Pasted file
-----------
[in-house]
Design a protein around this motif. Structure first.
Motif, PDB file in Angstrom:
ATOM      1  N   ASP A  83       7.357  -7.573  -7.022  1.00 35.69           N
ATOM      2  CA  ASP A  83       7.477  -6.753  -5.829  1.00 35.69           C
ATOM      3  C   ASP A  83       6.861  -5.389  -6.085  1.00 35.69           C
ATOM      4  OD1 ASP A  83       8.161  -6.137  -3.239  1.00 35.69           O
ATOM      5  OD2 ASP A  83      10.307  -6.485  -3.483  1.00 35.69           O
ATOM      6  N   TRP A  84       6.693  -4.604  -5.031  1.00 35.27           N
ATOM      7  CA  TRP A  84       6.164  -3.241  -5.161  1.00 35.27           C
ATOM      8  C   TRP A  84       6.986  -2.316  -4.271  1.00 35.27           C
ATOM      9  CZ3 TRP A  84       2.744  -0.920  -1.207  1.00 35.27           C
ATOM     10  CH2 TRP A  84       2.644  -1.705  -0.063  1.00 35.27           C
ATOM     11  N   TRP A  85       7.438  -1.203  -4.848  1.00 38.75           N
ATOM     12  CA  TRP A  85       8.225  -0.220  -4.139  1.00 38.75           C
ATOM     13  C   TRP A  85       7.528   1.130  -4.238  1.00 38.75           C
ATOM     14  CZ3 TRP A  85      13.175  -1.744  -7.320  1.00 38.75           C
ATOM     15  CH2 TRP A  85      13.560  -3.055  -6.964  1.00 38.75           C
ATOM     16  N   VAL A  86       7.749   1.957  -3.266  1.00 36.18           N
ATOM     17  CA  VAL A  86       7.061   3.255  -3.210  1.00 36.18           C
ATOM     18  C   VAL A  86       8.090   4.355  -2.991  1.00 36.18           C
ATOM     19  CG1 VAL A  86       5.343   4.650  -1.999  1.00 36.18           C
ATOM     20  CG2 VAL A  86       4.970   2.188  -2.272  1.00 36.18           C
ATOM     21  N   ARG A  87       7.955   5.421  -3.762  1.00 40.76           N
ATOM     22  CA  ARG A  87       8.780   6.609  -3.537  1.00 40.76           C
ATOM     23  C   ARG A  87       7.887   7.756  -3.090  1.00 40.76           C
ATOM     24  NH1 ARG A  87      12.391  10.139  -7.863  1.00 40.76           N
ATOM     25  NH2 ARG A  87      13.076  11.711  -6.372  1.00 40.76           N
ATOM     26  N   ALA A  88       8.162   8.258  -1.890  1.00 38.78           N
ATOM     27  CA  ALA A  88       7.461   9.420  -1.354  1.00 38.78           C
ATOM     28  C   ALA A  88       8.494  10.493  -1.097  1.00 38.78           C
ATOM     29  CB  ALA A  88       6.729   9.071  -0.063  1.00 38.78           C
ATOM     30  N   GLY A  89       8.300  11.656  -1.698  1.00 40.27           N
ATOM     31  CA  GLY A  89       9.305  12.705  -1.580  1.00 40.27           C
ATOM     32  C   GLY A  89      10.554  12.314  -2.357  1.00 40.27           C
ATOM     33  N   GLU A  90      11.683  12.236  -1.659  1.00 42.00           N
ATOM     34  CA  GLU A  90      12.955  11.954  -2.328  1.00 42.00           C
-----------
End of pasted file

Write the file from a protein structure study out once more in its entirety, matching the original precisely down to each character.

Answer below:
[in-house]
Design a protein around this motif. Structure first.
Motif, PDB file in Angstrom:
ATOM      1  N   ASP A  83       7.357  -7.573  -7.022  1.00 35.69           N
ATOM      2  CA  ASP A  83       7.477  -6.753  -5.829  1.00 35.69           C
ATOM      3  C   ASP A  83       6.861  -5.389  -6.085  1.00 35.69           C
ATOM      4  OD1 ASP A  83       8.161  -6.137  -3.239  1.00 35.69           O
ATOM      5  OD2 ASP A  83      10.307  -6.485  -3.483  1.00 35.69           O
ATOM      6  N   TRP A  84       6.693  -4.604  -5.031  1.00 35.27           N
ATOM      7  CA  TRP A  84       6.164  -3.241  -5.161  1.00 35.27           C
ATOM      8  C   TRP A  84       6.986  -2.316  -4.271  1.00 35.27           C
ATOM      9  CZ3 TRP A  84       2.744  -0.920  -1.207  1.00 35.27           C
ATOM     10  CH2 TRP A  84       2.644  -1.705  -0.063  1.00 35.27           C
ATOM     11  N   TRP A  85       7.438  -1.203  -4.848  1.00 38.75           N
ATOM     12  CA  TRP A  85       8.225  -0.220  -4.139  1.00 38.75           C
ATOM     13  C   TRP A  85       7.528   1.130  -4.238  1.00 38.75           C
ATOM     14  CZ3 TRP A  85      13.175  -1.744  -7.320  1.00 38.75           C
ATOM     15  CH2 TRP A  85      13.560  -3.055  -6.964  1.00 38.75           C
ATOM     16  N   VAL A  86       7.749   1.957  -3.266  1.00 36.18           N
ATOM     17  CA  VAL A  86       7.061   3.255  -3.210  1.00 36.18           C
ATOM     18  C   VAL A  86       8.090   4.355  -2.991  1.00 36.18           C
ATOM     19  CG1 VAL A  86       5.343   4.650  -1.999  1.00 36.18           C
ATOM     20  CG2 VAL A  86       4.970   2.188  -2.272  1.00 36.18           C
ATOM     21  N   ARG A  87       7.955   5.421  -3.762  1.00 40.76           N
ATOM     22  CA  ARG A  87       8.780   6.609  -3.537  1.00 40.76           C
ATOM     23  C   ARG A  87       7.887   7.756  -3.090  1.00 40.76           C
ATOM     24  NH1 ARG A  87      12.391  10.139  -7.863  1.00 40.76           N
ATOM     25  NH2 ARG A  87      13.076  11.711  -6.372  1.00 40.76           N
ATOM     26  N   ALA A  88       8.162   8.258  -1.890  1.00 38.78           N
ATOM     27  CA  ALA A  88       7.461   9.420  -1.354  1.00 38.78           C
ATOM     28  C   ALA A  88       8.494  10.493  -1.097  1.00 38.78           C
ATOM     29  CB  ALA A  88       6.729   9.071  -0.063  1.00 38.78           C
ATOM     30  N   GLY A  89       8.300  11.656  -1.698  1.00 40.27           N
ATOM     31  CA  GLY A  89       9.305  12.705  -1.580  1.00 40.27           C
ATOM     32  C   GLY A  89      10.554  12.314  -2.357  1.00 40.27           C
ATOM     33  N   GLU A  90      11.683  12.236  -1.659  1.00 42.00           N
ATOM     34  CA  GLU A  90      12.955  11.954  -2.328  1.00 42.00           C